Tuesday, May 6, 2008

History of Watershed Programme in India

  • Centrally Sponsored Scheme of “Soil Conservation Work in the catchments of River Valley Projects (RVP)” was launched in 1962-63.
  • The Ministry of Agriculture started a scheme of Integrated Watershed Management in the Catchments of Flood Prone Rivers (FPR) in 1980- 81.
  • During the 1980s, several successful experiences of fully treated watersheds, such as Sukhomajri in Haryana and Ralegaon Siddhi in Western Maharashtra, came to be reported.
  • The Ministry of Agriculture launched a scheme for propagation of water harvesting/conservation technology in rainfed areas in 19 identified locations in 1982-83.
  • In October 1984, the Ministry of Rural Development (MoRD) adopted this approach in 22 other locations in rainfed areas.
  • With experience gained from all these, the concept of integrated watershed development was first institutionalised with the launching of the National Watershed Development Programme of Rainfed Areas (NWDPRA) in 1990, covering 99 districts in 16 states.
  • Meanwhile, conservation work was ongoing in the Drought Prone Areas Programme (DPAP) launched by MoRD in 1972-73.
  • In 1977-78, the MoRD started a special programme for hot desert areas of Rajasthan, Gujarat and Haryana and cold desert areas of Jammu & Kashmir and Himachal Pradesh (which were earlier under DPAP) called Desert Development Programme (DDP).
  • In 1988 the National Committee on DPAP and DDP was set up under the Chairmanship of the Member, Planning Commission to appraise and review the DPAP and DDP. The committee was initially headed by Dr. Y.K. Alagh and later by Shri L.C. Jain who took over as Member, Planning commission in charge of the subject. The committee submitted its report in August 1990.
  • In 1994, a Technical Committee under the Chairmanship of Prof. C.H. Hanumantha Rao was appointed to appraise the impact of the work done under DPAP/DDP; identification of the weaknesses of the programme and to suggest improvements.
  • The Hanumantha Rao Committee felt that “the programmes have been implemented in a fragmented manner by different departments through rigid guidelines without any well-designed plans prepared on watershed basis by involving the inhabitants. Except in a few places, in most of the programme areas the achievements have been dismal. Ecological degradation has been proceeding unabated in these areas with reduced forest cover, reducing water table and a shortage of drinking water, fuel and fodder” (Hanumantha Rao Committee, 1994, Preface).
  • The Committee, therefore, decided to revamp the strategy of implementation of these programmes, drawing upon the “the outstanding successes” of some ongoing watershed projects.
  • It recommended that sanctioning of works should be on the basis of the action plans prepared on watershed basis instead of fixed amount being allocated per block as was the practice at that time.
  • It called for introduction of participatory modes of implementation, through involvement of beneficiaries of the programme and non-government organisations (NGOs).
  • It recommended that “wherever voluntary organizations are forthcoming, the management of watershed development should be entrusted to them with the ultimate aim of handing over to them one-fourth of total number of watersheds for development”.
  • The Committee also called for a substantial augmentation of resources for watershed development by “pooling resources from other programmes being implemented by the Ministry of Rural Development, e.g., Jawahar Rozgar Yojana, Employment Assurance Scheme, etc., and by integrating them with DPAP and DDP”.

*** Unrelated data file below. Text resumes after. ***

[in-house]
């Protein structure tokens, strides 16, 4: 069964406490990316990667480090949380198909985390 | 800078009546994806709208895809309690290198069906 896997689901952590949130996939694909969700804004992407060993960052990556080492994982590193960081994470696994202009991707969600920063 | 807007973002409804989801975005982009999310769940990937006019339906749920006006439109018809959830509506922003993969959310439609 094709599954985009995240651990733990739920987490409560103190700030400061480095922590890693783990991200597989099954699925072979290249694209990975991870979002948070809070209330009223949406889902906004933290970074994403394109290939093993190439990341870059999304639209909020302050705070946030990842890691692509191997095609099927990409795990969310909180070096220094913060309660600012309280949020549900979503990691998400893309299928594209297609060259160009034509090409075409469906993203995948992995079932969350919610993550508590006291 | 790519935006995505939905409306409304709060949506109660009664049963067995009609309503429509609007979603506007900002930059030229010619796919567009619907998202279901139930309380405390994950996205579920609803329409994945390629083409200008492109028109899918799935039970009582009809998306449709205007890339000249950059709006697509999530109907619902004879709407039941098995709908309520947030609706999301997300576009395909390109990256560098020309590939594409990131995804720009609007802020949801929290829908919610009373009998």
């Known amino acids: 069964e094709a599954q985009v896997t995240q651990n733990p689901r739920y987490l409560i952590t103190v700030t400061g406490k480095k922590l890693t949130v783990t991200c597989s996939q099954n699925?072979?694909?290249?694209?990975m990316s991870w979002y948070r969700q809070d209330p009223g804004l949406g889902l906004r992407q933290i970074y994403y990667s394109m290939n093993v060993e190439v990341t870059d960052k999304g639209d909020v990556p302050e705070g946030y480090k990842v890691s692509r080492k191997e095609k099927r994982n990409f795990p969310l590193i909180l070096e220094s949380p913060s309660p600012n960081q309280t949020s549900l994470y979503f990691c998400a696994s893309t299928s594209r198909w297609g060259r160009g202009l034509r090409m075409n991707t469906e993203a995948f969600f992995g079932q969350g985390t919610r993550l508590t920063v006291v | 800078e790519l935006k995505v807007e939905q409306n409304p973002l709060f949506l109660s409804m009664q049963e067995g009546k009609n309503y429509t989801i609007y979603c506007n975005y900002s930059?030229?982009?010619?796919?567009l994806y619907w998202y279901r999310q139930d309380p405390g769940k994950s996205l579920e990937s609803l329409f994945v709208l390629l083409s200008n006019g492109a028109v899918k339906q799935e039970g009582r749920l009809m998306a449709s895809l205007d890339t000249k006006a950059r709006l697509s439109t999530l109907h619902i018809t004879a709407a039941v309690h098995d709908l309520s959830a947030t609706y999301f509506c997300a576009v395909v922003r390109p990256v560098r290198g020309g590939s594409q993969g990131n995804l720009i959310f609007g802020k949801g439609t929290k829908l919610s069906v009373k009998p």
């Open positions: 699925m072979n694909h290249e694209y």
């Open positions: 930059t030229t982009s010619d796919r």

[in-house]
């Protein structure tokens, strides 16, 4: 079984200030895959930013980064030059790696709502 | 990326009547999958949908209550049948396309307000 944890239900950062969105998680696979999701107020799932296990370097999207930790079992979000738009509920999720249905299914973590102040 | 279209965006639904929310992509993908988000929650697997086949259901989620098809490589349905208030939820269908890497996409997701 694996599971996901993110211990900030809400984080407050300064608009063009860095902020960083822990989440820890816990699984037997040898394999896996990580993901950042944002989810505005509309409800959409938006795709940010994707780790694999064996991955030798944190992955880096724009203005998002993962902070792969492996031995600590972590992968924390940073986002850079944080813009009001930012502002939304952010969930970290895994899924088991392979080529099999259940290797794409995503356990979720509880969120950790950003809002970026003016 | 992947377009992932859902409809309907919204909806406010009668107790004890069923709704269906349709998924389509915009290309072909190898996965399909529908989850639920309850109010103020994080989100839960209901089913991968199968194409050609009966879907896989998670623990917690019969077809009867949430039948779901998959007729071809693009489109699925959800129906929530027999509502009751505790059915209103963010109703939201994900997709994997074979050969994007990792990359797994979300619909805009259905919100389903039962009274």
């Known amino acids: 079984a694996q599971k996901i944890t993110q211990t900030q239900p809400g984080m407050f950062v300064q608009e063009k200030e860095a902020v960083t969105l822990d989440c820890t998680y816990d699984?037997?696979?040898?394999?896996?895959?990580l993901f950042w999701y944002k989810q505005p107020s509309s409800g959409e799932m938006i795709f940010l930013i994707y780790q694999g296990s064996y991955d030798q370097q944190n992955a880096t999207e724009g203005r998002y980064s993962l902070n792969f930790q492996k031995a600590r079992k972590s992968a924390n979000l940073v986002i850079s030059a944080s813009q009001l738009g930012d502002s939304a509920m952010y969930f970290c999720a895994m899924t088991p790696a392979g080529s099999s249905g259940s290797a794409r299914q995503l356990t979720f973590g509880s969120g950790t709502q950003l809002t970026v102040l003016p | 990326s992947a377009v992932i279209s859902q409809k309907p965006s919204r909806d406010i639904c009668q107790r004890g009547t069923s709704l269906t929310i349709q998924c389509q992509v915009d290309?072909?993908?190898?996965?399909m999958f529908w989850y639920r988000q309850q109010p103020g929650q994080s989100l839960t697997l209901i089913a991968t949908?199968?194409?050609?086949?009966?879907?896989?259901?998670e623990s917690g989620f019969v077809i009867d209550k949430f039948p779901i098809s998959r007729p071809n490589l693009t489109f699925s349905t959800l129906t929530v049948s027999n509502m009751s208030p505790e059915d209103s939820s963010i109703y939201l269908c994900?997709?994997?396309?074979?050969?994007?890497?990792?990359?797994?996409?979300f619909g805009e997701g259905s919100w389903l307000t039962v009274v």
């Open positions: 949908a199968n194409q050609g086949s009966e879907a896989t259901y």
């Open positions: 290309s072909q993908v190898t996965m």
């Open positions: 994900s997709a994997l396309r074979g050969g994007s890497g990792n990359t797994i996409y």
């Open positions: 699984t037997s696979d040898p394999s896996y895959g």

• The Committee recommended suitable institutional mechanism for bringing about coordination between different departments at the central and state levels with a view to ensuring uniformity of approach in implementing similar programmes for the conservation of land and water resources.
  • On the basis of these recommendations, the Hanumantha Rao Committee formulated a set of “Common Guidelines”, bringing five different programmes under the MoRD, namely, DPAP, DDP and Integrated Wastelands Development Programme (IWDP), as also the Innovative- Jawahar Rozgar Yojana (I-JRY) and Employment Assurance Scheme (EAS), 50% of the funds of both of which were to be allocated for watershed works.
  • The watershed projects taken up by MoRD from 1994 to 2001 followed these Common Guidelines of 1994.
  • In 2000, the Ministry of Agriculture revised its guidelines for NWDPRA, making them “more participatory, sustainable and equitable”. These were called WARASA – JAN SAHABHAGITA Guidelines.
  • The Common Guidelines of 1994 were revised by MoRD in 2001 and then again modified and reissued as “Guidelines for Hariyali” in April 2003

The ongoing watershed programmes are listed below.
Ministry of Agriculture (Department of Agriculture and Cooperation)
1. National Watershed Development Project for Rainfed Areas (NWDPRA):
2. Soil Conservation in the Catchments of River Valley Projects (RVP):
3. Shifting Cultivation: The Watershed Development Project in Shifting Cultivation Area (WDPSCA)
4. Reclamation of Alkali Soils.
5. Watershed Development Fund (WDF)
6. Externally Aided Projects (EAPs)

Ministry of Rural Development (Department of Land Resources)
1. Drought Prone Areas Programme (DPAP
2. Desert Development Programme (DDP
3. Integrated Wasteland Development Programme (IWDP
4. Externally Assisted Projects (EAPs)
6. Investment Promotional Scheme
7. Support to NGOs
8. The Wastelands Development Task Force

Ministry of Environment and Forests
1. Integrated Afforestation and Eco-development Projects Scheme

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